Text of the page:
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4 Steps to Improve Team Decision-Making

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Make better team Decisions Using The Five Practices of Exemplary Leadership®

Every leader is faced with decisions. From small day-to-day decisions to larger strategic decisions, decision-making is one of the most important tasks of a leader. While many decisions can be made independently, sometimes a leader needs input from members of his or her team.

The Leadership Challenge® model, based on the book with the same name by Jim Kouzes and Barry Posner, offers guidance to help leaders involve their constituents so that they will achieve a better result.

Here are four steps a leader can use to make decisions in alignment with the team:

 

Step 1: Set the foundation with values

One way a leader can generate buy-in is to first establish an agreement of what the team’s shared values are and how that impacts moving forward. Kouzes and Posner present this as the foundation of the practice called Model the Way.

Once a team has agreement about what is important, the path of action becomes clear. For example, if the team decides that they value collaboration, then getting everyone to participate in implementation would be a natural expectation.

 

Step 2:  Gather diverse points of view

Inviting feedback from others is a means of gathering outsight and a leader’s role in this step is to suspend judgment and encourage different perspectives. This is the time for brainstorming and hearing as many ideas from as many people as possible. As Kouzes and Posner call it, Challenging the Process is about seeking outsight.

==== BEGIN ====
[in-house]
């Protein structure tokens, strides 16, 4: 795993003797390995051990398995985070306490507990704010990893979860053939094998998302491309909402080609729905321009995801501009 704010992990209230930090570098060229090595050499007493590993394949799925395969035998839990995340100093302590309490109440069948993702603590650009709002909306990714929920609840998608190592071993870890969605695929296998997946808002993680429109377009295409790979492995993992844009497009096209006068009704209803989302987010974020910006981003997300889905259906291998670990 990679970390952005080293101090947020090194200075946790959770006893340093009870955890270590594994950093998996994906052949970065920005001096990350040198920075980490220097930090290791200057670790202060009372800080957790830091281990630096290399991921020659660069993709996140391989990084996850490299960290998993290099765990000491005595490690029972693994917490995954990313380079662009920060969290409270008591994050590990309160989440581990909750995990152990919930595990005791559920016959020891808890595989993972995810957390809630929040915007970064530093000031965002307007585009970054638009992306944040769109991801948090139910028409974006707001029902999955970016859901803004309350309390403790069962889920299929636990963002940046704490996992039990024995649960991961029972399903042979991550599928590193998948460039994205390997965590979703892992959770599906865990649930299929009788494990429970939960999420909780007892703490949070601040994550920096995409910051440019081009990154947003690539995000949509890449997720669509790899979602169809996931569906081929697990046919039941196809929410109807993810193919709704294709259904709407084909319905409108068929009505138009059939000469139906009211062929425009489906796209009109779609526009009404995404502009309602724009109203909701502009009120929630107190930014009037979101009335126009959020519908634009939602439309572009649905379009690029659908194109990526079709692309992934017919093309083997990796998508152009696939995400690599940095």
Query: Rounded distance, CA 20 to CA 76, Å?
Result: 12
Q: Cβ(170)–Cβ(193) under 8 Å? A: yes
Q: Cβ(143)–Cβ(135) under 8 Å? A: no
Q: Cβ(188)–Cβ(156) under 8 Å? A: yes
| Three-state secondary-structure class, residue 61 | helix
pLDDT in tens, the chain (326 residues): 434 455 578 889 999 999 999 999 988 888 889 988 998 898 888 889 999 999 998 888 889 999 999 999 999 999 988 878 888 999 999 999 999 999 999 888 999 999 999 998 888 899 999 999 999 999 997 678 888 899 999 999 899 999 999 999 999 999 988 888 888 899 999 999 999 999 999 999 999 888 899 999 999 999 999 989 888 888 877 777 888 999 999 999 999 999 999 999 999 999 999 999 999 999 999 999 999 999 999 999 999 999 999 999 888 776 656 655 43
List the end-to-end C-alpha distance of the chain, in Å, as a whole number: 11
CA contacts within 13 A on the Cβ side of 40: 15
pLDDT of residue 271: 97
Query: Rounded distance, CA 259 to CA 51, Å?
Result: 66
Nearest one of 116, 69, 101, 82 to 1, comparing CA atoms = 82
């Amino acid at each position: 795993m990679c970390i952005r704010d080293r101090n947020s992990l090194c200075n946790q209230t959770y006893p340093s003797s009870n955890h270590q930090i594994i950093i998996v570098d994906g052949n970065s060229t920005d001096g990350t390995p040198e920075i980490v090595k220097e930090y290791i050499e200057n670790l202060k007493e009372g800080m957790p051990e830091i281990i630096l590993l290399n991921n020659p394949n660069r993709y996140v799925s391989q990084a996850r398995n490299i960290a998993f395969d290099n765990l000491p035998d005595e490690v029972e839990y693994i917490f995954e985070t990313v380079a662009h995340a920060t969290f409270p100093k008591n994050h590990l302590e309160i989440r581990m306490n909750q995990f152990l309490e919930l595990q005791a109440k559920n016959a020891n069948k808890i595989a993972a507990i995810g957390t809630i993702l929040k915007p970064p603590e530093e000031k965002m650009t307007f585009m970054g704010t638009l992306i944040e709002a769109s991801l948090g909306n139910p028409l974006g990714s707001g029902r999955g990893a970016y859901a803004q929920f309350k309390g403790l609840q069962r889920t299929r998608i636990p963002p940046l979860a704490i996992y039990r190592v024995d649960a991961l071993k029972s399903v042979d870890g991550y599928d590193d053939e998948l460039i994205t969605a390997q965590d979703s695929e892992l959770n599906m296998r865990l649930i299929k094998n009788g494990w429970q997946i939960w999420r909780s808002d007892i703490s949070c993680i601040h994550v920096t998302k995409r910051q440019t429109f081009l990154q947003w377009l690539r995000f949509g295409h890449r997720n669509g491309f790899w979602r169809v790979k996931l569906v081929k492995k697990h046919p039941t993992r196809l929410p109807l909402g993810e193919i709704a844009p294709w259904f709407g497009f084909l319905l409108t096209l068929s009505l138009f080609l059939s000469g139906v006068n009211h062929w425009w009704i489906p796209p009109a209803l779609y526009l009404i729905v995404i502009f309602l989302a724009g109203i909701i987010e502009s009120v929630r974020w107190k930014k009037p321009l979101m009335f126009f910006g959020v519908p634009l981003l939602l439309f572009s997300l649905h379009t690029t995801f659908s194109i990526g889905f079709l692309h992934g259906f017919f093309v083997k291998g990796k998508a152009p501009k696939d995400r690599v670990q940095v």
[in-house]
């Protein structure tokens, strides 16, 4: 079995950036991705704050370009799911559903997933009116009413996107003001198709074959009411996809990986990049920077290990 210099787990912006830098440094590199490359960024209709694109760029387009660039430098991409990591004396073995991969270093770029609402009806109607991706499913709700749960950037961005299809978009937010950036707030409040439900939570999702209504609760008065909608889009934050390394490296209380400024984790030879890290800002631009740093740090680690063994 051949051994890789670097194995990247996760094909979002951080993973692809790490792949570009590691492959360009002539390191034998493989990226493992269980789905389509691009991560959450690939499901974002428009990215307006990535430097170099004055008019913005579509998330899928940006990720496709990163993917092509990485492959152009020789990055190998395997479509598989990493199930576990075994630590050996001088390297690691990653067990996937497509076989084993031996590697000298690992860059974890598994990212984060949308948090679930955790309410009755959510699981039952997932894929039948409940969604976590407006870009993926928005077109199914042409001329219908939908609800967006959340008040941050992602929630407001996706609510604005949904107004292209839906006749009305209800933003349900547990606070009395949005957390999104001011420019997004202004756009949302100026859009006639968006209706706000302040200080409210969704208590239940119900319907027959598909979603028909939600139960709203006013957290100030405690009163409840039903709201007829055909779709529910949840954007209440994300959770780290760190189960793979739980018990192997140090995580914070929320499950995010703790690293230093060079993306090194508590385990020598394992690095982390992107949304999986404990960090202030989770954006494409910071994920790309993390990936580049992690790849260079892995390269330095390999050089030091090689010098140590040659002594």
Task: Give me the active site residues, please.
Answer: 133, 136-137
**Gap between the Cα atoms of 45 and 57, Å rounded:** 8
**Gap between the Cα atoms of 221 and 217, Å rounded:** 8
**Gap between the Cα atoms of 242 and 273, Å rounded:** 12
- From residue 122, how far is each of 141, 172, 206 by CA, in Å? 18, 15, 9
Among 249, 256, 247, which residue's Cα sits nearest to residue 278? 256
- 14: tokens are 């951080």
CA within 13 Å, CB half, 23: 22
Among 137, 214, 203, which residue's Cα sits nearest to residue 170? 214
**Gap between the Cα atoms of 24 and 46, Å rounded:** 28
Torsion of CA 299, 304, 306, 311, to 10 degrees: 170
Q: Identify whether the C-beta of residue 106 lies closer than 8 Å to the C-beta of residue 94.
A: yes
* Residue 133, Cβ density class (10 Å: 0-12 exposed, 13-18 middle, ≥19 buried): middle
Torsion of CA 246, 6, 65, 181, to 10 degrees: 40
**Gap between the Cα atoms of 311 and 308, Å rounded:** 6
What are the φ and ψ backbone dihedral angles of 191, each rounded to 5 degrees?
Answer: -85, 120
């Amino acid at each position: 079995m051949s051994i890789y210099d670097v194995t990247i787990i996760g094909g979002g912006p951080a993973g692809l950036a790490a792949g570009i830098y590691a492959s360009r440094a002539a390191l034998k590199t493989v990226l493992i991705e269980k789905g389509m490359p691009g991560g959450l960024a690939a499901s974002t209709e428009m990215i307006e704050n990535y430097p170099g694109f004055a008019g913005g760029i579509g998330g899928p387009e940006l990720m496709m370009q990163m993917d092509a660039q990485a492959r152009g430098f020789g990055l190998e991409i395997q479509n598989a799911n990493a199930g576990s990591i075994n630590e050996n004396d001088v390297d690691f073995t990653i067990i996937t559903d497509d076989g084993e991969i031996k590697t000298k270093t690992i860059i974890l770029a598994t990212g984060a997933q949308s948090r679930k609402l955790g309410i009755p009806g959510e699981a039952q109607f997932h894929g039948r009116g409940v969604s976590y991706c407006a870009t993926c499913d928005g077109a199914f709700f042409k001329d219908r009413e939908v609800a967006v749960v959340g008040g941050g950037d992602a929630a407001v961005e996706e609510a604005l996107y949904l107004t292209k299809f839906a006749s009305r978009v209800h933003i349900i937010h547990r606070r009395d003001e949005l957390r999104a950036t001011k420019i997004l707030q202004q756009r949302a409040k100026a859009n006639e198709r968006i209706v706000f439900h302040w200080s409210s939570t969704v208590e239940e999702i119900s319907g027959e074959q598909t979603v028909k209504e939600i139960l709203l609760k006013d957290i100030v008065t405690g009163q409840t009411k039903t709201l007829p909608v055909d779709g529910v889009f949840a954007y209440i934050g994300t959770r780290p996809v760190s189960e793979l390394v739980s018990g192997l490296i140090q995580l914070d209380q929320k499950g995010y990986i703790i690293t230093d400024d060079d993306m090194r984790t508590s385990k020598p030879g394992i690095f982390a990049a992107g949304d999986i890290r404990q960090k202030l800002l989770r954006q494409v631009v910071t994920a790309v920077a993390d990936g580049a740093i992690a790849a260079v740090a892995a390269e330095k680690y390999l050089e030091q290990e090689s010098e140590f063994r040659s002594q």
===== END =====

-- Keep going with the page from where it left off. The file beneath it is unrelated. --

There are many tactics for generating ideas, but an attitude of openness provides the fertile ground for ideas to be generated. It is important for the leader to contribute to creating a safe environment so that the team can offer ideas that might sound outside the box. The leader may even model risk-taking by sharing an outlandish-sounding idea of his own.

 

Step 3: Build consensus

A leader that has established values and considered the whole team’s point of view is more likely to have already fostered a sense of collaboration, which makes the next step of coming to a decision that encompasses everyone's perspective easier.

In the practice of Enabling Others to Act, Kouzes and Posner emphasize the importance of fostering collaboration by building trust and facilitating relationships. With this in mind, the leader can draw mutual understanding as team members sift through ideas and options to arrive at an inclusive solution. 

 

Step 4: Implement with confidence

At the end of a consensus process, the result is that most people agree with the decision. If some team members don’t agree, they still feel that their alternatives were sufficiently considered, such that they can support the decision that was made.

Another aspect of Enable Others to Act is of strengthening others by increasing their self-determination and developing competence. The leader also has an opportunity to engender commitment by showing support for the outcome. With this sense of resolve, team members are more likely to carry out the decision that they have helped make.

 

A leader who supports a consensus decision, made by applying awareness and these techniques, is likely to have helped create the positive outcome of a sustainable agreement for the leader and his or her team. After all, better decisions with more smooth teamwork benefit the whole team.


Download an Overview of The Leadership Challenge

Terri Updegraff

Terri Updegraff is a FlashPoint business development associate who provides our clients with the creative solutions and tools that they need to help them transform their leaders.

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